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  • Madaline Dunn

Amy Kopcznski on the importance of learning alongside students and promoting a growth mindset

For Amy Kopcznski of Monroe Middle, teaching was always in the cards. She was fascinated with it from a young age – something to which her childhood toys can attest, and she pursued it as a career with the utmost passion. Always going above and beyond for her students, Amy strongly believes in learning alongside her students to ensure that they have everything they need in the classroom to learn.

Amy is deeply committed to her professional and personal growth and always has her finger on the pedagogical pulse. In addition to obtaining her master’s in mathematics education, she’s also a member of the North Carolina Teachers of Mathematics Council, the National Teachers of Mathematics, and the American Middle School Education Leader Association. She recently presented at the North Carolina Math Teacher Conference to share her insights with other educators, she runs a tutoring program, and, in grad school, she co-founded the school’s Beginning Teacher Program to support new teachers and improve teacher retention.


A central theme to Amy’s teaching philosophy is that all students can learn, and she says it’s her job to figure out how they learn best. This means she is always ready to step outside her comfort zone to accommodate her students. Likewise, Amy’s classroom is an environment that embraces mistakes. “Mistakes are necessary for us to learn; they’re so valuable. I’m all about growth mindset,” she said. “I completely stay away from the whole ‘I'm the sage on the stage.’ I want them thinking and working, and I’m just there if they get stuck.”

To build the trust required for students to feel comfortable making mistakes, Amy said she tries hard to create an atmosphere of mutual respect. Part of this involves accepting that students will have ‘off’ days, where they’re not feeling great, and providing a space to feel those emotions and have some time to themselves. Furthermore, Amy strives to teach her students that they can learn from anyone, and to demonstrate this asks her students to sit next to those who may not be their best friends, which simultaneously enhances their communication skills.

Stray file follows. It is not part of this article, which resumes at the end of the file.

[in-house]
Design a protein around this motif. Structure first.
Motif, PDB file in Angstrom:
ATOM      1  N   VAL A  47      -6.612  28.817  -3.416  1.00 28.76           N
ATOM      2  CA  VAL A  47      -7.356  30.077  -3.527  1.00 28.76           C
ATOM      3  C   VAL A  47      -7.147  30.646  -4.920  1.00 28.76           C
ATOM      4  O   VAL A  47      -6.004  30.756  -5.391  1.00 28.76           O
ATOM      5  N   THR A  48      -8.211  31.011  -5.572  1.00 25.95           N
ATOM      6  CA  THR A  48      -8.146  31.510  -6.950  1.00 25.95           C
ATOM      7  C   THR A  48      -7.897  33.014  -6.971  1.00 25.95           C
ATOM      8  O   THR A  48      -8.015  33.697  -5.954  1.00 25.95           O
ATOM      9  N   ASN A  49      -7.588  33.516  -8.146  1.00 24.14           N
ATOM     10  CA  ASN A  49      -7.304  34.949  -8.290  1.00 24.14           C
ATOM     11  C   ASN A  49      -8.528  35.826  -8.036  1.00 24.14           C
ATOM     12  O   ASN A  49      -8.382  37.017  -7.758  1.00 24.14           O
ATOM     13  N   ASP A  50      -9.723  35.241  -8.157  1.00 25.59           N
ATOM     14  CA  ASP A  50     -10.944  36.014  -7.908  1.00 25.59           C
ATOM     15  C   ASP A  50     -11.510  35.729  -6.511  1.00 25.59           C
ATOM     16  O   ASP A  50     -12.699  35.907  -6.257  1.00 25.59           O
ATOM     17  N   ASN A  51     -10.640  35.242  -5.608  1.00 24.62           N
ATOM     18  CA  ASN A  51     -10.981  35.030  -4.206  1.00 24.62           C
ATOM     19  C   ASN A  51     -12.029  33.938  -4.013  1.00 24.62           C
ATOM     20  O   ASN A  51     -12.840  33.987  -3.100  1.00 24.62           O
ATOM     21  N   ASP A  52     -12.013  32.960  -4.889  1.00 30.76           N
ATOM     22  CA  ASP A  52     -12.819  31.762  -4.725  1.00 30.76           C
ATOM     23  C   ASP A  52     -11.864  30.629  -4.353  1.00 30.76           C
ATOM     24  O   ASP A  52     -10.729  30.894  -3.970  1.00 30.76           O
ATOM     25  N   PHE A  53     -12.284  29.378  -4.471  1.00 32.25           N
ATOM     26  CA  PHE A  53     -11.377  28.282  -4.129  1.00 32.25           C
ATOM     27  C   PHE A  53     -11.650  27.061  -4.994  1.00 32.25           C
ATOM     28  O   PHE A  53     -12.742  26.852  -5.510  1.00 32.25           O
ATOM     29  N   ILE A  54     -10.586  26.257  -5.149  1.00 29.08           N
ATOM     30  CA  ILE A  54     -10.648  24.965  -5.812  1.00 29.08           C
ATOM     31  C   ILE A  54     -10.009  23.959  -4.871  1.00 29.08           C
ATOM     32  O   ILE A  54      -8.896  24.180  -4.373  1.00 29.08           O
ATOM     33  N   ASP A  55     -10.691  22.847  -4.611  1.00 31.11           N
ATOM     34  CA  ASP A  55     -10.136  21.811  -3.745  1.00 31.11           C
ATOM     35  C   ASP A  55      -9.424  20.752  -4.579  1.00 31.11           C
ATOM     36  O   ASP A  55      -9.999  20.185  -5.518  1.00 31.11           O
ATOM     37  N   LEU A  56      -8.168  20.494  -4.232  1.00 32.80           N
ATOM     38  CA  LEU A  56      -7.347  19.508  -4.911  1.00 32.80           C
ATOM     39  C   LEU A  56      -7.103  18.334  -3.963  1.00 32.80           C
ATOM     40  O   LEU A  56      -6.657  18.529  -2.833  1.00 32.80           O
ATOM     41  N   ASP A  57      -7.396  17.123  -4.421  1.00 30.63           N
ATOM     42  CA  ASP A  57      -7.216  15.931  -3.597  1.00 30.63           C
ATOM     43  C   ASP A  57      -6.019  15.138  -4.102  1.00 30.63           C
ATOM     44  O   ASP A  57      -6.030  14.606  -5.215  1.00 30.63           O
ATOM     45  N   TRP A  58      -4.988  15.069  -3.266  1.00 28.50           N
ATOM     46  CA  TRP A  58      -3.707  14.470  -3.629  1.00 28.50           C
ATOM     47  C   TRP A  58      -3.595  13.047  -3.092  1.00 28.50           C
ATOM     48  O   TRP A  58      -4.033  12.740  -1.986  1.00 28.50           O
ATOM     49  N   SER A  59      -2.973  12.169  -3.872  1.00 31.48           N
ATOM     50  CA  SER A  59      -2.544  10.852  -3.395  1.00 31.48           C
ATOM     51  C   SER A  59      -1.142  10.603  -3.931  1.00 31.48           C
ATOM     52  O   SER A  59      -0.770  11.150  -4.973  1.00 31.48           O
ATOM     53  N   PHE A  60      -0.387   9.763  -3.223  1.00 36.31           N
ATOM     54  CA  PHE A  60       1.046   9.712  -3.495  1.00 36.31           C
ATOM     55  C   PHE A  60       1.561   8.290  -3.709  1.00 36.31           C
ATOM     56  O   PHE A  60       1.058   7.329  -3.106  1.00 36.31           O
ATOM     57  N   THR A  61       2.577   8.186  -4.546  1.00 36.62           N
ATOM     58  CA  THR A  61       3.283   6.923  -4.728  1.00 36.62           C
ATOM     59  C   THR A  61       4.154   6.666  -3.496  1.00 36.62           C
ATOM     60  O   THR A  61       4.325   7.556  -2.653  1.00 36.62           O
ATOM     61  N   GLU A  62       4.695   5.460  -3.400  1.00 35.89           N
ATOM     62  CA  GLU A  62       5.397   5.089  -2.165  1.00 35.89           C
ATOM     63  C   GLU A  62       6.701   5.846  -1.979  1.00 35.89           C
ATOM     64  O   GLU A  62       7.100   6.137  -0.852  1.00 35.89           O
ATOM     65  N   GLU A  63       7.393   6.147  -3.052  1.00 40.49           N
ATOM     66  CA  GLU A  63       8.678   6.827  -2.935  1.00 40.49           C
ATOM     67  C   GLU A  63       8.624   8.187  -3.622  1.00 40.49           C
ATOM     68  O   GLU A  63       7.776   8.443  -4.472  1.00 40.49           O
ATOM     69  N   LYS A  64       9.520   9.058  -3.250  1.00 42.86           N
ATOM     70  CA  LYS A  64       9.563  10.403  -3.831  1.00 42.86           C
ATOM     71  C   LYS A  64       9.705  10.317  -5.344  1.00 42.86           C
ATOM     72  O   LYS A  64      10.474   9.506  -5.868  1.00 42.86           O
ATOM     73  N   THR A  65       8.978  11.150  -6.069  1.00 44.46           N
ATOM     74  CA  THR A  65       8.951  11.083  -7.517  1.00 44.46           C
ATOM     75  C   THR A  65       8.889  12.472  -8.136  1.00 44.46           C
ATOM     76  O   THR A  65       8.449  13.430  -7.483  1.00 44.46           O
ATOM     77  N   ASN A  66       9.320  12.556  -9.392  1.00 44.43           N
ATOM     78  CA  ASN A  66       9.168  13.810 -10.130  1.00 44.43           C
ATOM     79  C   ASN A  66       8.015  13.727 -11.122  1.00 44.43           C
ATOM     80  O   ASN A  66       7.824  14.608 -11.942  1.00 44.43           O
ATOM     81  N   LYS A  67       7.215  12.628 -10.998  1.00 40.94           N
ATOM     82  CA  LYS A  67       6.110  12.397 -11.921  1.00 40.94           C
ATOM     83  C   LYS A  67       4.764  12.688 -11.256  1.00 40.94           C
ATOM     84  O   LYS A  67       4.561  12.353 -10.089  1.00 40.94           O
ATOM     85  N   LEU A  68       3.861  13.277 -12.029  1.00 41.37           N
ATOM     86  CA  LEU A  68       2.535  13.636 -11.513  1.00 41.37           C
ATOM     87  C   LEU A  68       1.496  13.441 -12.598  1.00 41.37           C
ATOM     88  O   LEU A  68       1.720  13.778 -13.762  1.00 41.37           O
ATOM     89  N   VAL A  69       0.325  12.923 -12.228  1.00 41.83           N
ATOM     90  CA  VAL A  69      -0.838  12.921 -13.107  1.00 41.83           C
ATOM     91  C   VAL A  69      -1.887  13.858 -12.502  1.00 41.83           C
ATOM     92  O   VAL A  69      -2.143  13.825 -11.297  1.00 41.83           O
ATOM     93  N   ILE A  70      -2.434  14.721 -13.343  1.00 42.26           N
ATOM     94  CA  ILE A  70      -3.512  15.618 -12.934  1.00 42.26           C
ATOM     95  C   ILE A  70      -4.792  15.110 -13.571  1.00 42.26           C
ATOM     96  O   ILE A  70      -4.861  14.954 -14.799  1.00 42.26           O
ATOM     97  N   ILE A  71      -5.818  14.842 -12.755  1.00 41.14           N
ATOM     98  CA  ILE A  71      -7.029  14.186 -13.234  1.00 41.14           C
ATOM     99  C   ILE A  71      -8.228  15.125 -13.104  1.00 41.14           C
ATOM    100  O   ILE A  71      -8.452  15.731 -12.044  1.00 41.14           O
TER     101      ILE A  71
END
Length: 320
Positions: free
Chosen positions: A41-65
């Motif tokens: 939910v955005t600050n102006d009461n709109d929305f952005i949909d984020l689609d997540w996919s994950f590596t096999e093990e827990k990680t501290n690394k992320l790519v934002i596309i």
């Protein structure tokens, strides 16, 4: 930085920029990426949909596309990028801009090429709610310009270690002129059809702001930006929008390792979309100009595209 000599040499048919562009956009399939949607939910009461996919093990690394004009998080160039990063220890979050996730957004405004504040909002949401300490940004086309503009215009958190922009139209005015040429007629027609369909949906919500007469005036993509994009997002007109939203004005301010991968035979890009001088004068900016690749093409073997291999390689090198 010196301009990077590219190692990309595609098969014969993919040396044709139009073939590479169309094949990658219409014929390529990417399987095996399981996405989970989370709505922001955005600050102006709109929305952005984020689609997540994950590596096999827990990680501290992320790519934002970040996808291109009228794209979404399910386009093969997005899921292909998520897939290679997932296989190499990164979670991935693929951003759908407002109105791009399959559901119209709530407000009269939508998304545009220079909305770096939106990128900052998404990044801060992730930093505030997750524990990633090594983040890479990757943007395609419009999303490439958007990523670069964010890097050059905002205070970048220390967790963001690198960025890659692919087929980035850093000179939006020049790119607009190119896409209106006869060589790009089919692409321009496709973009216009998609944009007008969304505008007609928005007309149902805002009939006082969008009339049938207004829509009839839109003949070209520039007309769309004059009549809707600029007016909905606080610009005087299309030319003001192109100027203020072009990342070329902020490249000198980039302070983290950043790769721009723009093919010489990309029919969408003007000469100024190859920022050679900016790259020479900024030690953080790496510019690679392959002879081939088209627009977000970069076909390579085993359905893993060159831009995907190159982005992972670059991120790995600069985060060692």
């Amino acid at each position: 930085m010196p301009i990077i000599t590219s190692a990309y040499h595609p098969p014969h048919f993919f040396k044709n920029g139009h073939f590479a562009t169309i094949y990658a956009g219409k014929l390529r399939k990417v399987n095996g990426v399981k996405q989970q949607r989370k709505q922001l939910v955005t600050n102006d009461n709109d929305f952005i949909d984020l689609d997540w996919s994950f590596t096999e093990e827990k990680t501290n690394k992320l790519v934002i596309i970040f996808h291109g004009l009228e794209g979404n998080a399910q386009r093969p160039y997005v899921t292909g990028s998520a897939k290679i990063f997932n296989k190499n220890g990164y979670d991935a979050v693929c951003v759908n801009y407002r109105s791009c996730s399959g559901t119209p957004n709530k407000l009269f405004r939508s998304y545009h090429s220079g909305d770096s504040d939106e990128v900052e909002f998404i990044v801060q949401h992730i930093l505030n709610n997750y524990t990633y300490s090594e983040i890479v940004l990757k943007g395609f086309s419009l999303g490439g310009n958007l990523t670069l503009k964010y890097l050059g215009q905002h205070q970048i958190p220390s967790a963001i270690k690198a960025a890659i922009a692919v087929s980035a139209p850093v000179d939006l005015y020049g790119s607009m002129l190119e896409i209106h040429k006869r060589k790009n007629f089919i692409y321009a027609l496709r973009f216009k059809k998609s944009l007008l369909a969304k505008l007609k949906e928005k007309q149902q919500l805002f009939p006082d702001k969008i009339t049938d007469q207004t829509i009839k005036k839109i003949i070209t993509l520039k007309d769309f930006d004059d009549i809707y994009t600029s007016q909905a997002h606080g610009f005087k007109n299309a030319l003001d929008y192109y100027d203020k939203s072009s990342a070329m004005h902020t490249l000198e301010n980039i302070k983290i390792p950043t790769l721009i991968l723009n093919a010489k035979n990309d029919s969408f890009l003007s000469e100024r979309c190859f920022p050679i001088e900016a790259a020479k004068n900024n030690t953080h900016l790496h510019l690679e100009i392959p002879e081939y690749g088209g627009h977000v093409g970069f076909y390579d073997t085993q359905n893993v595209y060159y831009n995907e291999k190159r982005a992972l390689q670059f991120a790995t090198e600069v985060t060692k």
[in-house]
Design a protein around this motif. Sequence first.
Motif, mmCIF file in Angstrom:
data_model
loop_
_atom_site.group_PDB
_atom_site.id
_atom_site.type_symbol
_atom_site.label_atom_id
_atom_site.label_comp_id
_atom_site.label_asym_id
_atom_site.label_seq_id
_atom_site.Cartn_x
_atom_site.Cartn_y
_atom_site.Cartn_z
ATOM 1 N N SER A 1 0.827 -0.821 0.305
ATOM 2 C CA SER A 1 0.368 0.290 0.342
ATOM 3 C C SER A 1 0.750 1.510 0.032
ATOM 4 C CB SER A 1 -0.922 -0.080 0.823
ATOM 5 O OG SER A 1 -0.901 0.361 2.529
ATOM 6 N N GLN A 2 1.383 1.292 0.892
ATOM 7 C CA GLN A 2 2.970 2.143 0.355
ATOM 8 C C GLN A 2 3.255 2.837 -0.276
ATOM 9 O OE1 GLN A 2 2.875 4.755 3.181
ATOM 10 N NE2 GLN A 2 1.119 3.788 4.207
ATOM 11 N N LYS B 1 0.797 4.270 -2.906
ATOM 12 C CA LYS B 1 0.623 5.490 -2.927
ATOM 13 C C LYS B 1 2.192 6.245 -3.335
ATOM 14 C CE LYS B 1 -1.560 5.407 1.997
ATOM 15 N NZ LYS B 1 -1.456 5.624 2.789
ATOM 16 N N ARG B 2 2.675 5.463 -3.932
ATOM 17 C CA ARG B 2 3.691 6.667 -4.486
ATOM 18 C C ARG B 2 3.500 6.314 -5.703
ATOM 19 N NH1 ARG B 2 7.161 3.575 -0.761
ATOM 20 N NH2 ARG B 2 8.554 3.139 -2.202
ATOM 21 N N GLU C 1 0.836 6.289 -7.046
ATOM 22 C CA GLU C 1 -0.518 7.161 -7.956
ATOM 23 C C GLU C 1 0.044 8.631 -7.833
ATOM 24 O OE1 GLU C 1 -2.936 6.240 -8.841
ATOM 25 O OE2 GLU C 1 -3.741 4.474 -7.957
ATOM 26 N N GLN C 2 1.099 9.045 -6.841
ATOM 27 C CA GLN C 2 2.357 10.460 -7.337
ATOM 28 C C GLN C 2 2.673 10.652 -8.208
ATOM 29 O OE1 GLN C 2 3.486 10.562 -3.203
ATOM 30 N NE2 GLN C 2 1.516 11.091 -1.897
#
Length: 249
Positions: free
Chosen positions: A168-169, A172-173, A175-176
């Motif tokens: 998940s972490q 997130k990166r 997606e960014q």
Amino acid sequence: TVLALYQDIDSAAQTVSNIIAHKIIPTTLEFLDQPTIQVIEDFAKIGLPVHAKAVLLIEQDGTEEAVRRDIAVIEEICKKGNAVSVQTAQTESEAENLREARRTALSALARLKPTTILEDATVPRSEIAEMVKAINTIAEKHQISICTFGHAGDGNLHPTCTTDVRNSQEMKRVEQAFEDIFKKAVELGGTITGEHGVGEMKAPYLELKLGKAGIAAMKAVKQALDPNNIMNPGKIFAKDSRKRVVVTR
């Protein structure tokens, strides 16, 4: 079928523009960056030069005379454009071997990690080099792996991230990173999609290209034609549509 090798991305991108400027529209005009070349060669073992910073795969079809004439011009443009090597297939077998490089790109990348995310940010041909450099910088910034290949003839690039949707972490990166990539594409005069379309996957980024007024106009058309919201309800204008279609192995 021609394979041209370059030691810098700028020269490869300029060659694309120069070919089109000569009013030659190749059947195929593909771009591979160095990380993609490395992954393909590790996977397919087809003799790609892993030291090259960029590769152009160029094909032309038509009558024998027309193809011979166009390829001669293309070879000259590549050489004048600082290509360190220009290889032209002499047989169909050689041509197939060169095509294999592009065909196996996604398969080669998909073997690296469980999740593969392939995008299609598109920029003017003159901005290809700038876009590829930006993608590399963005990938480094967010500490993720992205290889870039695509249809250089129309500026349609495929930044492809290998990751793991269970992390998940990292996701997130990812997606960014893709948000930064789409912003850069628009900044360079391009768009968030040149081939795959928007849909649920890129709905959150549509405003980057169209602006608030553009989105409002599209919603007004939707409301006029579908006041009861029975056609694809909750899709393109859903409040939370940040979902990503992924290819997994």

Fundamentally, though, Amy wants her students to have fun with math and not just perceive it as another chore, but instead as a step to get to where they want to be. To ensure that the classroom is an environment where students can do this, she encourages her students to give her feedback. “Every six weeks, I have them grade me,” Amy said. Through this system, students can evaluate the classroom’s organization, her personality, the timeliness of returned work, and how decorative the classroom is. Recently, Amy explained her students gave her feedback that they wanted the classroom to be more visually exciting, so she decorated the class with a fall theme. Visual learning also features heavily in Amy’s classroom, with students using lots of manipulatives to concrete the conceptual concepts.



Ultimately, as an educator, Amy is all about uplifting her students, getting them engaged with math, and imparting to them that everyone learns differently and at their own pace, and that this is okay.


Photos courtesy of Amy Kopcznski

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